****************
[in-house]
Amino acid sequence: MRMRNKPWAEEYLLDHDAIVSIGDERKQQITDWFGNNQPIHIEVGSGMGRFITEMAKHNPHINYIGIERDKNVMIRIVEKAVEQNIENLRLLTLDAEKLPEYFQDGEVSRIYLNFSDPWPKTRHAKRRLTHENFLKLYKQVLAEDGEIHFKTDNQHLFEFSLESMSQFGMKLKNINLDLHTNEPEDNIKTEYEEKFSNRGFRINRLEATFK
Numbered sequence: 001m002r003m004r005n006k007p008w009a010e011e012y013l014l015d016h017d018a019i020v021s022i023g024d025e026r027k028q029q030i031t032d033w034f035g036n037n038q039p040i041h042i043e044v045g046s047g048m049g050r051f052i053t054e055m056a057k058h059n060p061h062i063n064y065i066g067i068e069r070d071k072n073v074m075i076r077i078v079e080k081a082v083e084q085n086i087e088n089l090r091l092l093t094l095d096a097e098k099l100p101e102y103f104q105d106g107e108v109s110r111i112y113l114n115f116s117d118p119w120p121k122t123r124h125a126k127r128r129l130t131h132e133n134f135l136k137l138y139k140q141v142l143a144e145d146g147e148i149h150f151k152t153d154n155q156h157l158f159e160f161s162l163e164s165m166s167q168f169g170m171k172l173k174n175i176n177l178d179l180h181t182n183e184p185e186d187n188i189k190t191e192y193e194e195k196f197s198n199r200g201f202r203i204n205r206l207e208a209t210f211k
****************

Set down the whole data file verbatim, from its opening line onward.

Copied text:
[in-house]
Amino acid sequence: MRMRNKPWAEEYLLDHDAIVSIGDERKQQITDWFGNNQPIHIEVGSGMGRFITEMAKHNPHINYIGIERDKNVMIRIVEKAVEQNIENLRLLTLDAEKLPEYFQDGEVSRIYLNFSDPWPKTRHAKRRLTHENFLKLYKQVLAEDGEIHFKTDNQHLFEFSLESMSQFGMKLKNINLDLHTNEPEDNIKTEYEEKFSNRGFRINRLEATFK
Numbered sequence: 001m002r003m004r005n006k007p008w009a010e011e012y013l014l015d016h017d018a019i020v021s022i023g024d025e026r027k028q029q030i031t032d033w034f035g036n037n038q039p040i041h042i043e044v045g046s047g048m049g050r051f052i053t054e055m056a057k058h059n060p061h062i063n064y065i066g067i068e069r070d071k072n073v074m075i076r077i078v079e080k081a082v083e084q085n086i087e088n089l090r091l092l093t094l095d096a097e098k099l100p101e102y103f104q105d106g107e108v109s110r111i112y113l114n115f116s117d118p119w120p121k122t123r124h125a126k127r128r129l130t131h132e133n134f135l136k137l138y139k140q141v142l143a144e145d146g147e148i149h150f151k152t153d154n155q156h157l158f159e160f161s162l163e164s165m166s167q168f169g170m171k172l173k174n175i176n177l178d179l180h181t182n183e184p185e186d187n188i189k190t191e192y193e194e195k196f197s198n199r200g201f202r203i204n205r206l207e208a209t210f211k